Legal XML names

The first character of a legal XML name must be either a unicode character, an underscore or a colon. The following characters may be one of these - unicode character, unicode number, underscore, colon, hyphen or a period. The colon char should not be used except as a namespace delimiter.

White space in XML is preserved

With XML, the white space in your document is NOT truncated. This is unlike HTML. With HTML, a sentence like this:

Hello       my name is Tove,

will be displayed like this:

Hello my name is Tove,

because HTML reduces multiple, consecutive white space characters to a single white space.

With XML, White Space is preserved. There is a special category of characters, called white space. This includes things like the space character, new lines (what you get when you hit the Enter key), and tabs. White space is used to separate words, as well as to make text more readable.

White space stripping is very advantageous for a language like HTML, which has become primarily a means for displaying information. It allows the source for an HTML document to be formatted in a readable way for the person writing the HTML, while displaying it formatted in a readable, and possibly quite different, way for the user.

It is important to understand how XML deals with white space. Adding white space to the markup doesn't affect the document's content. Typically, you will add white space to indent child elements. These spaces could be there just to make the document easier to read, while not actually being part of its data. This "readability" white space is called extraneous white space.

But adding white space to the data between tags does affect the document's content, none of the white spaces will be striped out. White space is significant if it is located within the data of a XML document.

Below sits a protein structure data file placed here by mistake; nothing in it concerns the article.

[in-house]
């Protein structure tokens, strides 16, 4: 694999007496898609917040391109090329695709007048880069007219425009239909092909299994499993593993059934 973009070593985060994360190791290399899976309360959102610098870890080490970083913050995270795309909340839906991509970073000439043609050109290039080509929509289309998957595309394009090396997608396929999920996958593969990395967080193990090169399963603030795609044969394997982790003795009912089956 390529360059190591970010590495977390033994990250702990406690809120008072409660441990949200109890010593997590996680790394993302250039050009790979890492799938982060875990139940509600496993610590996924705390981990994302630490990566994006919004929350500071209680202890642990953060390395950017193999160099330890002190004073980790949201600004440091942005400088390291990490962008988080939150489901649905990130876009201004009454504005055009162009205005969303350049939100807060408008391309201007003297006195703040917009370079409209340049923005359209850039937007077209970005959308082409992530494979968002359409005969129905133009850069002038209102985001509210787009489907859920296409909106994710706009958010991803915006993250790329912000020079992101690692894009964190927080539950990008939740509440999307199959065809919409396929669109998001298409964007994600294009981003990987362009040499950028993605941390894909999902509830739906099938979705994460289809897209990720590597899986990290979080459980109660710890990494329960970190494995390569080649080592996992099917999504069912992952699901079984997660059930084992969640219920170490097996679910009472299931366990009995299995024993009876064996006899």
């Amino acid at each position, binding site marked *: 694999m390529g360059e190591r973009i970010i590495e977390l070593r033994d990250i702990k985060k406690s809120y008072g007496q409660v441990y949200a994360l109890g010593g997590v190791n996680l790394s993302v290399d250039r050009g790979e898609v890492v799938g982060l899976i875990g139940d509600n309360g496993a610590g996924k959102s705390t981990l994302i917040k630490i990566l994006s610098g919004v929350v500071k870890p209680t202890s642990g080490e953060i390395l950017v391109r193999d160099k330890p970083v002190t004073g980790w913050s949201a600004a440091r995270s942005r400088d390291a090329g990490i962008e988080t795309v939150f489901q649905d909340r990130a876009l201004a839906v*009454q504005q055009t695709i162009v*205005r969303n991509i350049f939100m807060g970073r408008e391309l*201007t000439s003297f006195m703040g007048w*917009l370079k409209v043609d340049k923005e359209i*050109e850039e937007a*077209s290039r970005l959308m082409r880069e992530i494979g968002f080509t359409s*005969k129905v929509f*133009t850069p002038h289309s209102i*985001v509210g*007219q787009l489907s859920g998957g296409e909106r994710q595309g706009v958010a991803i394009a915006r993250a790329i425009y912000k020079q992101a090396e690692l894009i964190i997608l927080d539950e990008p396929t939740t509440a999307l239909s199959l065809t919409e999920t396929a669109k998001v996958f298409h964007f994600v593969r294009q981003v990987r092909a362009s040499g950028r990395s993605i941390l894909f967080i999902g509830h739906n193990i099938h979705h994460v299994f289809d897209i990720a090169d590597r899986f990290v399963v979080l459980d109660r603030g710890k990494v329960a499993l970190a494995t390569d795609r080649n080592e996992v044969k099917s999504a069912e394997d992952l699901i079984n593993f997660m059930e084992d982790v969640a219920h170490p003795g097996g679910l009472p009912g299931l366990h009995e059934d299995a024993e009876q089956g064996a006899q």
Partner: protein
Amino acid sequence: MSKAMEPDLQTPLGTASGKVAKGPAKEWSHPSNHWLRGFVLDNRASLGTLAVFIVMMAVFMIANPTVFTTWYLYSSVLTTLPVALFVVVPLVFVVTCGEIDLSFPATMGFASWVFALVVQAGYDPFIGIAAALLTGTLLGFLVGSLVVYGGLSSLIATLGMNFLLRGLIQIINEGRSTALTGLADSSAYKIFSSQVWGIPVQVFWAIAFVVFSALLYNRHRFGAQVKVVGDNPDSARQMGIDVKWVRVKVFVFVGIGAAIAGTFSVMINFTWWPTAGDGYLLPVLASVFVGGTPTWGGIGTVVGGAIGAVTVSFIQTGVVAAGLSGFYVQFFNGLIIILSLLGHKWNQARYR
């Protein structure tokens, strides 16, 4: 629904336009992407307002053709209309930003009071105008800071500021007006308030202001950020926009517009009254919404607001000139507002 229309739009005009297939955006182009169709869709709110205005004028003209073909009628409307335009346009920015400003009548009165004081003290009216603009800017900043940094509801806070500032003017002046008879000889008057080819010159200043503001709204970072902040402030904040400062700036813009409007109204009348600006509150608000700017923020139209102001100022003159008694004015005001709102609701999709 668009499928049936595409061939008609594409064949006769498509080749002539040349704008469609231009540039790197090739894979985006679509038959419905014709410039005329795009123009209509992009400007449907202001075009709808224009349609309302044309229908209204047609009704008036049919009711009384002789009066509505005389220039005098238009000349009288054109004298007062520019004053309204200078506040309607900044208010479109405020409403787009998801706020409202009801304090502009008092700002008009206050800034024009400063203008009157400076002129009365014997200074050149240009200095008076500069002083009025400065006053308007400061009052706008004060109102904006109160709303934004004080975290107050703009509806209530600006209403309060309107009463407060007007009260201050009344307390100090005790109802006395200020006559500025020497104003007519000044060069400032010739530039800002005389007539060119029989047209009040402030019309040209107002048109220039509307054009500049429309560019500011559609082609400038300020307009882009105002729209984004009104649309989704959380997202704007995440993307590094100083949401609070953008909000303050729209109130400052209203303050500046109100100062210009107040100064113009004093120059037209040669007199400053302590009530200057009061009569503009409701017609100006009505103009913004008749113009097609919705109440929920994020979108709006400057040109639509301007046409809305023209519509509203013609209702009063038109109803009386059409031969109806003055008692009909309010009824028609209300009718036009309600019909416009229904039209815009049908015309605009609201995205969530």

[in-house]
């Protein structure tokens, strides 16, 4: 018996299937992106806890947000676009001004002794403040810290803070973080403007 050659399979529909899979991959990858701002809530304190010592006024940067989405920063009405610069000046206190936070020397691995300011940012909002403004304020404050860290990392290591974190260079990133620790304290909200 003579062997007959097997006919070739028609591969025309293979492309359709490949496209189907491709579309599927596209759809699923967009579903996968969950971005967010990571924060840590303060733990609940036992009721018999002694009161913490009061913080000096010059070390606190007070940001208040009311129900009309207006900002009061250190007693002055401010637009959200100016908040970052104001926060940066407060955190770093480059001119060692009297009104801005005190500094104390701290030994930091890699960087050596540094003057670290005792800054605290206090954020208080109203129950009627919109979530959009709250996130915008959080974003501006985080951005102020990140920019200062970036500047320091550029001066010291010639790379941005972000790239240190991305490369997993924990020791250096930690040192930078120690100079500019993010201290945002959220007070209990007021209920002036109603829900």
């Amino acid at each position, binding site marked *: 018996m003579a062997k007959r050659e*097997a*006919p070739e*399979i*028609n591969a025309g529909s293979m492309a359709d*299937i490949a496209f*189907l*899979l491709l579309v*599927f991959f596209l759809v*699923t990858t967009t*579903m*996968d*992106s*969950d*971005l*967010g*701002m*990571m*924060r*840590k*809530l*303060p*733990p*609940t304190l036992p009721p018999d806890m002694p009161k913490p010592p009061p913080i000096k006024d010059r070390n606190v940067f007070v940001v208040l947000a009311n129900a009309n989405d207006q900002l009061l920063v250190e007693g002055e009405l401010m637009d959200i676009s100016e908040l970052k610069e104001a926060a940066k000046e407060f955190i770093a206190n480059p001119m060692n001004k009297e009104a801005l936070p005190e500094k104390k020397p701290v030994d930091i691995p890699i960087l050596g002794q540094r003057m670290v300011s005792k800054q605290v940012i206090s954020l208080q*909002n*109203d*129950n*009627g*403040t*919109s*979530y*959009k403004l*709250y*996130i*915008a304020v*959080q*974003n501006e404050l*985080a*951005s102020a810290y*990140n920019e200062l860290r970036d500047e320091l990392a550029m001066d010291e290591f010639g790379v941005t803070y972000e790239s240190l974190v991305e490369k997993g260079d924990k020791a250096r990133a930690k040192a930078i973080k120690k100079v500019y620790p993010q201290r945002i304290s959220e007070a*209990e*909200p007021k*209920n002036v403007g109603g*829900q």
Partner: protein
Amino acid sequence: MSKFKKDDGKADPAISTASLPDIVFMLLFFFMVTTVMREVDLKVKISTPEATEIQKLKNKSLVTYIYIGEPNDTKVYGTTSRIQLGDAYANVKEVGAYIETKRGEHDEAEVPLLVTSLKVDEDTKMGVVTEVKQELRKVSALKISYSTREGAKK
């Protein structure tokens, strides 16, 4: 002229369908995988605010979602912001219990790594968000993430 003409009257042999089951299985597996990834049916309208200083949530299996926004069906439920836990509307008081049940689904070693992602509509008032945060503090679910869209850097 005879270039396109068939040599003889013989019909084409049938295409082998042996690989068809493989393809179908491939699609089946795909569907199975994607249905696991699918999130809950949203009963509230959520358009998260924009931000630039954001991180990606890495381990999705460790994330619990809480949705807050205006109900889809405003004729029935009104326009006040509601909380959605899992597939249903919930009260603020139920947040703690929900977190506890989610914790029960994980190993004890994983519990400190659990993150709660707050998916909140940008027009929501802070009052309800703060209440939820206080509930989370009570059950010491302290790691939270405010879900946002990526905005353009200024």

The XML parser should normalize White space use within attributes, although this is not always true. XML authors should keep white space issues in mind when developing.

With XML, a new line is always stored as LF

Do you know what a typewriter is? Well, a typewriter is a mechanical device which was used last century to produce printed documents. After you have typed one line of text on a typewriter, you have to manually return the printing carriage to the left margin position and manually feed the paper up one line.

With XML, a new line is always stored as LF. However, there is one form of white space stripping that XML performs on PCDATA, which is the handling of new line characters. The problem is that there are two characters that are used for new lines - the line feed (LF) character and the carriage return (CR) - and computers running Windows, computers running Unix, and Macintosh computers all use these characters differently.

In Windows applications, a new line in the text is normally stored as a pair of CR LF (carriage return, line feed) characters. In Unix applications, a new line is normally stored as a LF character. Some applications use only a CR character to store a new line.

For this reason, it was decided that XML parsers would change all new lines to a single line feed character before processing. This means that any XML application will know, no matter which operating system it's running under, that a new line will be represented by a single line feed character. This makes data exchange between multiple computers running different operating systems that much easier, since programmers don't have to deal with the (sometimes annoying) end-of-line logic.

The use of the ampersand �&� symbol is RESERVED. XML uses this to define an entity reference

The ampersand symbol cannot be used by itself. There are a set of standard entity references that every DTD file should contain. There are mostly symbols that you would want to place inside the XML file. You define them by using their decimal value on the ASCII chart. Here is a good list:

Less-Than [ < ]"&#60;"
Greater-Than [ > ] "&#62;"
Ampersand [ & ] "&#38;"
Apostrophe [ ' ] "&#39;"
Quote [ " ] "&#34;"
Non Breaking Space (a forced space) "&#32;"
Emdash [ -- ] "&#045;&#045;"

Previous Next vertical dots separating previous/next from contents/index/pdf Contents

  |   |